At the end of nearly every day of sheltering-in-place with young children, your home will appear to have been ransacked by burglars.

Burglars, however, do not tend to paint on the couch, beg you to wipe their rear ends, or wheedle you into paying for college. And — with exceptions — they don’t tend to return and rip the place up every day.

Parenthood is a hell of an endeavor. And the kids do learn to repeat all the creative things you say.

So, pandemic or not, you do need to get out of the house. Enter teddy bears.

In cities across the United States, house and apartment dwellers have taken to posing teddy bears in their windows to provide families with young children an amusing pretense for a walk, all while staying a goodly distance away from everyone else.

Here in San Francisco, a teddy bear safari map circulated on Glen Park and Bernal Heights parents groups in late March has quickly expanded from a smattering of stuffed animals in those neighborhoods to a slew of bears spanning much of the city — more than 1,000 of them.

A white elephant greets passers-by in the Exelsior. Photo by Joe Eskenazi.

“We as parents are under so much stress too and it’s hard to have the mental energy to come up with things to do,” says Amber Levinson, who started this map. “I saw several folks sharing the idea of bear hunts on social media and thought it could be a fun adventure for kids to engage in, and an easy way for neighbors to show support and togetherness. I wasn’t sure how many people were doing it though, or where to find bears, and I thought, without a map there’s a risk of a disappointing outing with a little one.”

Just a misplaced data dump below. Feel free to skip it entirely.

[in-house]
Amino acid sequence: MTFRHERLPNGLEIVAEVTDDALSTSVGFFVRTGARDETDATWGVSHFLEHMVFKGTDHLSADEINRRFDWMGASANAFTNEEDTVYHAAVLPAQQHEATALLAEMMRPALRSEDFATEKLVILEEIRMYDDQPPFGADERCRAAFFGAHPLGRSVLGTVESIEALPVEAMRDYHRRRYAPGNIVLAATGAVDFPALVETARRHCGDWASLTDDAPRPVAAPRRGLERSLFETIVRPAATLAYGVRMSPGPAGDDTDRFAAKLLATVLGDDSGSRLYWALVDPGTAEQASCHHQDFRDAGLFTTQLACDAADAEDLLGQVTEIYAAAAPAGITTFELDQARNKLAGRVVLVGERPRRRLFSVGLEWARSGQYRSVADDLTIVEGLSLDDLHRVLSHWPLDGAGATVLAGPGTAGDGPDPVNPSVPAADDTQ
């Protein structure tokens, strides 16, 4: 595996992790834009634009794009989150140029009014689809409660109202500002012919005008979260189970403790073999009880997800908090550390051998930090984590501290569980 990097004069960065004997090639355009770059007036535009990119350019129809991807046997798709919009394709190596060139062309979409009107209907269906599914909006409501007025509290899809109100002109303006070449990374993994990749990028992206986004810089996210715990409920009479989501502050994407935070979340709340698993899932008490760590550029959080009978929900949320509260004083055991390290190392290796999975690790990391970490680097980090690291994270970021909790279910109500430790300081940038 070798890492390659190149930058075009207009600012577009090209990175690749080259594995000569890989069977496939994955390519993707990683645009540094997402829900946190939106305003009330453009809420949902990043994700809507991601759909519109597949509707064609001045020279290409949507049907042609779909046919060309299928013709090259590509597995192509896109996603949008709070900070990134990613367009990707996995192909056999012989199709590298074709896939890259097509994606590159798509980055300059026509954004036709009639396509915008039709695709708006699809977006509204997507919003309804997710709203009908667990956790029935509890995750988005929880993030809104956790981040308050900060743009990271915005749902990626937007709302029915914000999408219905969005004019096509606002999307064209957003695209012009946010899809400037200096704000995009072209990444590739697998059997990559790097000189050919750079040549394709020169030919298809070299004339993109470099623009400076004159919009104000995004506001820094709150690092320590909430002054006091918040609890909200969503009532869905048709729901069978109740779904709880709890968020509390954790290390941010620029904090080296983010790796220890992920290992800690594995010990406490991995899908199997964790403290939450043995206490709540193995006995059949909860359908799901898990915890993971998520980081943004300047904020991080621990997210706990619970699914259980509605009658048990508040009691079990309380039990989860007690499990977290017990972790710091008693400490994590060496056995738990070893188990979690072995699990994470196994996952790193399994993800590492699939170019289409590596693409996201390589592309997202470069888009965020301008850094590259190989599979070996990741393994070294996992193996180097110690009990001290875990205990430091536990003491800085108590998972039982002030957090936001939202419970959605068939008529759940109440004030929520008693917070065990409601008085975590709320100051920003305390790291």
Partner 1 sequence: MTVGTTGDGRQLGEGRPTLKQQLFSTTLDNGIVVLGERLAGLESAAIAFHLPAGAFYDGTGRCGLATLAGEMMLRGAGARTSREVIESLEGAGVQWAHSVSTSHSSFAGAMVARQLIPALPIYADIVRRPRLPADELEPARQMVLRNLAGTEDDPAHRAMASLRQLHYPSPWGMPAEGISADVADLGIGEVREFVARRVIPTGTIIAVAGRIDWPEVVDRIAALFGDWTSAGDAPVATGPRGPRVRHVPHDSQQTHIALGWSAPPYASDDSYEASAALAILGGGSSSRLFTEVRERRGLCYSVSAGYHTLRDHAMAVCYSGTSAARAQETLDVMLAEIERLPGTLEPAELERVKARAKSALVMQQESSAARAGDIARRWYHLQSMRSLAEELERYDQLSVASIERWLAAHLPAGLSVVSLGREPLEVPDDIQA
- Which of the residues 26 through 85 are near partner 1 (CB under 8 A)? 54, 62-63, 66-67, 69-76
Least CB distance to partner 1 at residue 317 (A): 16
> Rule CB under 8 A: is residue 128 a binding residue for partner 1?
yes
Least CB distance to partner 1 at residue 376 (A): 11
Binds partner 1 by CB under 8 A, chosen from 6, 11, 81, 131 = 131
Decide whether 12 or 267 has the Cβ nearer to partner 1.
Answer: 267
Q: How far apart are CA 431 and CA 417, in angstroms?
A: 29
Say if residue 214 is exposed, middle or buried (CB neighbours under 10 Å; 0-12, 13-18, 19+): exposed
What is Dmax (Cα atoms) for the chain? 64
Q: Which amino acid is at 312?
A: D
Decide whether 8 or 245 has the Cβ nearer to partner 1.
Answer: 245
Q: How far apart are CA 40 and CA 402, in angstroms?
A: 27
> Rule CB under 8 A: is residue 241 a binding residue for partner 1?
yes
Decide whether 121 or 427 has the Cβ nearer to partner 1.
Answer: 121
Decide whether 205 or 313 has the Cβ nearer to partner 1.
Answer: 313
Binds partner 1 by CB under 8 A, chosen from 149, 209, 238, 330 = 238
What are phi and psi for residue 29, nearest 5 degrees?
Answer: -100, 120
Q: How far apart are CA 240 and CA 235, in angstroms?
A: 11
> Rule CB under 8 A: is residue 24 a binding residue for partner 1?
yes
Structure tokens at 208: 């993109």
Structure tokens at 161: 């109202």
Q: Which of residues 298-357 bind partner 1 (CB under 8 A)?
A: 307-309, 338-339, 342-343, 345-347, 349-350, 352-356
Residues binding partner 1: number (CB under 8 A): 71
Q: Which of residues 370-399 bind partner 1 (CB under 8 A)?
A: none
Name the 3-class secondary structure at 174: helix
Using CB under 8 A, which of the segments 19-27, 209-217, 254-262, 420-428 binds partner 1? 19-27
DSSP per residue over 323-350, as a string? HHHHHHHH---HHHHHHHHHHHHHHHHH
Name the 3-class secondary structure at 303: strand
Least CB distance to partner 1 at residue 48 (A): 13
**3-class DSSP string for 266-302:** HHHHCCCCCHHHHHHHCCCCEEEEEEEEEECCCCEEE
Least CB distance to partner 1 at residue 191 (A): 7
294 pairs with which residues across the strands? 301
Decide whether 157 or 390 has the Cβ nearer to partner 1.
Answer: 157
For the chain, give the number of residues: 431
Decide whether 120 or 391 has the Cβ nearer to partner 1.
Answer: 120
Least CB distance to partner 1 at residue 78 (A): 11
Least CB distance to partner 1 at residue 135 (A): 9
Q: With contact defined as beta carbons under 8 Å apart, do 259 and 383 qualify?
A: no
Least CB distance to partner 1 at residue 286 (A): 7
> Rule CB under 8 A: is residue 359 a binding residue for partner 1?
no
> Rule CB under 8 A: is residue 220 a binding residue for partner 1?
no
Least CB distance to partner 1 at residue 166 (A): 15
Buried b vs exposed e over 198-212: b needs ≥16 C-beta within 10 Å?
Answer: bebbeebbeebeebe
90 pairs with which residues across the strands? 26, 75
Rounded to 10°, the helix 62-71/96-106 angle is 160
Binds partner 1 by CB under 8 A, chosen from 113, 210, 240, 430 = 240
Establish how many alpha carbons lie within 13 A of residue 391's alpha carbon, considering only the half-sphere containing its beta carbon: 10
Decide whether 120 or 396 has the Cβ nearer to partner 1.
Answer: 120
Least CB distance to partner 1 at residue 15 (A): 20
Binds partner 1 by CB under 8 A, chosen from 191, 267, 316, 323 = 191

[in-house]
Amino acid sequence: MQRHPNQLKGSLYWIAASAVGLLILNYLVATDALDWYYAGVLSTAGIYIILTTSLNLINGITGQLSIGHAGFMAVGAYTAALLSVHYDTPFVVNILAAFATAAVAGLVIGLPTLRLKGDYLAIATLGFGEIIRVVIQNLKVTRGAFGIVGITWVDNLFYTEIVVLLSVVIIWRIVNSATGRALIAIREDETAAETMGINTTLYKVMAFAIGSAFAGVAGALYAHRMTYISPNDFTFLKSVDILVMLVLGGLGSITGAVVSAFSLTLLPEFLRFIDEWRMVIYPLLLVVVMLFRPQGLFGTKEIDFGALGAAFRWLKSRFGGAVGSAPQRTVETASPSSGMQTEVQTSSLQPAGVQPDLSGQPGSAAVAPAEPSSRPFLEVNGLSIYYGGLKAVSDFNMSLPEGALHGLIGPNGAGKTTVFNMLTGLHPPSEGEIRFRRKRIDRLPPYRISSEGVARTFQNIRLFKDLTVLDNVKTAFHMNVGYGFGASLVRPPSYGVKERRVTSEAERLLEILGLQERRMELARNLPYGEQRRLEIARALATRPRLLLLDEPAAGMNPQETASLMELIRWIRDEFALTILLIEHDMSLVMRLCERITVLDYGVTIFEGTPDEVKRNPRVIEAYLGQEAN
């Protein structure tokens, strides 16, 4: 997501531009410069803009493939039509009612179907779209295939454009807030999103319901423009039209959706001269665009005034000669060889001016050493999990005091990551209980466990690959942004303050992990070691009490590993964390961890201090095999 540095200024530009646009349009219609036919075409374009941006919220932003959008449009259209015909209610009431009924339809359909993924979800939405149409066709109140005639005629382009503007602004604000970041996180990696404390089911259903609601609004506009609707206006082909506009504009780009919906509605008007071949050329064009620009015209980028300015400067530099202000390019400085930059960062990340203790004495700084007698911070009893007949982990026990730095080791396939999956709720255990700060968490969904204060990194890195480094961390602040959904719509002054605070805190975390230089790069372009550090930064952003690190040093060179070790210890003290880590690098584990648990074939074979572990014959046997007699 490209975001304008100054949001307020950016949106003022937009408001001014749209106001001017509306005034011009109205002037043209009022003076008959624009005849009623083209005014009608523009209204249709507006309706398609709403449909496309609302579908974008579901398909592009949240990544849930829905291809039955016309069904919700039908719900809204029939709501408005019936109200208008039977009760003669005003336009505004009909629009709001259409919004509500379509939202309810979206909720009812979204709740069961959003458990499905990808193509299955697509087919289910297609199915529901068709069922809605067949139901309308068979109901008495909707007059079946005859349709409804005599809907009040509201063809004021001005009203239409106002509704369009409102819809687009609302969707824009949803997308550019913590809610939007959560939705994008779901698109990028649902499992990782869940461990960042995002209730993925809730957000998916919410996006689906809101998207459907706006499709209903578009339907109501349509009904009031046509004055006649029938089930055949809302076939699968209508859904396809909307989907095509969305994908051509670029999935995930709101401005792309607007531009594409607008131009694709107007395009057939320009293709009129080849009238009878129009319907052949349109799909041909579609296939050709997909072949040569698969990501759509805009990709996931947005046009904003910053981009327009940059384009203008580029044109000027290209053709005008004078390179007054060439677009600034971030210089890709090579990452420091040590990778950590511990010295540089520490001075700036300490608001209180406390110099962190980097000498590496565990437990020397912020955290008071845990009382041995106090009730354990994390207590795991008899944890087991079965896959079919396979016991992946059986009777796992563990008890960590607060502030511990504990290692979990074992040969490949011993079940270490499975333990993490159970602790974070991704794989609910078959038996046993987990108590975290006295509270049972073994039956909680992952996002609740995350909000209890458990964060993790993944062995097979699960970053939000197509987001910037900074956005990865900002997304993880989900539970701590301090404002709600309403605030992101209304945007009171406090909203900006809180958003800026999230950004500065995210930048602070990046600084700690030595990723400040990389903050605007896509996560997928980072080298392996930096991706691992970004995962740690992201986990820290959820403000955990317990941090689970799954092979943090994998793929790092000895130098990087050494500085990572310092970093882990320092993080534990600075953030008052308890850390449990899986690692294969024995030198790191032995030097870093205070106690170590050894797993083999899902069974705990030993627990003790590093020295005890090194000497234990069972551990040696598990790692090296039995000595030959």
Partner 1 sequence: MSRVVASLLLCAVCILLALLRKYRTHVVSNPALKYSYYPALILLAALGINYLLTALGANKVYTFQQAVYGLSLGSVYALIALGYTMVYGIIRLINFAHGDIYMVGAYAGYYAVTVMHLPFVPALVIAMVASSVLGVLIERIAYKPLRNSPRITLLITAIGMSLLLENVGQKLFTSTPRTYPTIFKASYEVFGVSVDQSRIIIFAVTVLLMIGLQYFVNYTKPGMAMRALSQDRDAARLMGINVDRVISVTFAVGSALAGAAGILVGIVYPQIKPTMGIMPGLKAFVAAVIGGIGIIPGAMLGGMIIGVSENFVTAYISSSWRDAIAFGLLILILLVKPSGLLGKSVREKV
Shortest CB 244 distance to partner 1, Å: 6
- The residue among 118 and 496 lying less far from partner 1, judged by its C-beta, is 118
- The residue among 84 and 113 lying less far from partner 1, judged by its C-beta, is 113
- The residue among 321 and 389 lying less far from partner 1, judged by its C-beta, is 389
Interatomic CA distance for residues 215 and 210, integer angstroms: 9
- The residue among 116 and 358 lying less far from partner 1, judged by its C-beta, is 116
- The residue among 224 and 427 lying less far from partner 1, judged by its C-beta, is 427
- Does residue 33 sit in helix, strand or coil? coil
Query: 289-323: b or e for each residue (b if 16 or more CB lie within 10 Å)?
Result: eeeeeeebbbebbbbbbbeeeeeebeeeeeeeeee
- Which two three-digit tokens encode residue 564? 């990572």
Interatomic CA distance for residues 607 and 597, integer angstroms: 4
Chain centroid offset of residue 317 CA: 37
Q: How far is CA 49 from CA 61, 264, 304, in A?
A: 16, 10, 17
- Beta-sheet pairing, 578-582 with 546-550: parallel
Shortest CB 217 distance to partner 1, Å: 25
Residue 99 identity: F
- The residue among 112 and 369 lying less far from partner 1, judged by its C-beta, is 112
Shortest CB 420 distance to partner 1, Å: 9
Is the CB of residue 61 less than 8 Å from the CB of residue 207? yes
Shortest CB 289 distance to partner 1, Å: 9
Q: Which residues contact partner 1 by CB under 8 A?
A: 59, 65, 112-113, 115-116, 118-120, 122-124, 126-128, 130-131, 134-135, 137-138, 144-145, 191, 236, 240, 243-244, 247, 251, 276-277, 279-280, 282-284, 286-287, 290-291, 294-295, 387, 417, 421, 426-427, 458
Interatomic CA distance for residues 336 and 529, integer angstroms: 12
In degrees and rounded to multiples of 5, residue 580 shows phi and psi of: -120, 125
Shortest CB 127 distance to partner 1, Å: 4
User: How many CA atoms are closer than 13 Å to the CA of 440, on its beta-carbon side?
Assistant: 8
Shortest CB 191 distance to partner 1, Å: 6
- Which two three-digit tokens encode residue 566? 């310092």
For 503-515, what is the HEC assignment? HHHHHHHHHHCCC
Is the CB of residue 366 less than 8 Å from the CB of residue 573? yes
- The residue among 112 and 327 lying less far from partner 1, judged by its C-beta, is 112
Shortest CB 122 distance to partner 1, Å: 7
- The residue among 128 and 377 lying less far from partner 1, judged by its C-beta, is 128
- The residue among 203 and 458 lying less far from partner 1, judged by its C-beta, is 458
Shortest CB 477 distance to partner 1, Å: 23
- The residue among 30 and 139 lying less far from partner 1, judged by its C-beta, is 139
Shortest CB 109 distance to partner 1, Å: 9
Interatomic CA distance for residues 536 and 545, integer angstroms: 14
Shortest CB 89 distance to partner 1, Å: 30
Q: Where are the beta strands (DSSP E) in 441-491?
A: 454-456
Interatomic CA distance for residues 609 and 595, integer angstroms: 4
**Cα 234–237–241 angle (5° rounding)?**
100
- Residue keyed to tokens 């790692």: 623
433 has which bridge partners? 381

So she created a Google Map, added three pins for herself and some neighbors, and submitted it on the parents’ groups. Within a day, there were 50 pins — and, now, not quite two weeks later, many, many more than that.

“After that, folks started commenting on posts, asking if they could use it in other neighborhoods, and bears started popping up in ‘hoods all around the city,” she says. “I saw messages from others that it got them to get out and forget their worries for a little while, which makes me so happy. I love that we helped people in a small way to get out and have some fun during these hard times.”

So, stay at home. Until you can’t. Then be safe. And happy hunting.

And good luck cleaning the couch.

Visit the teddy bear map here.

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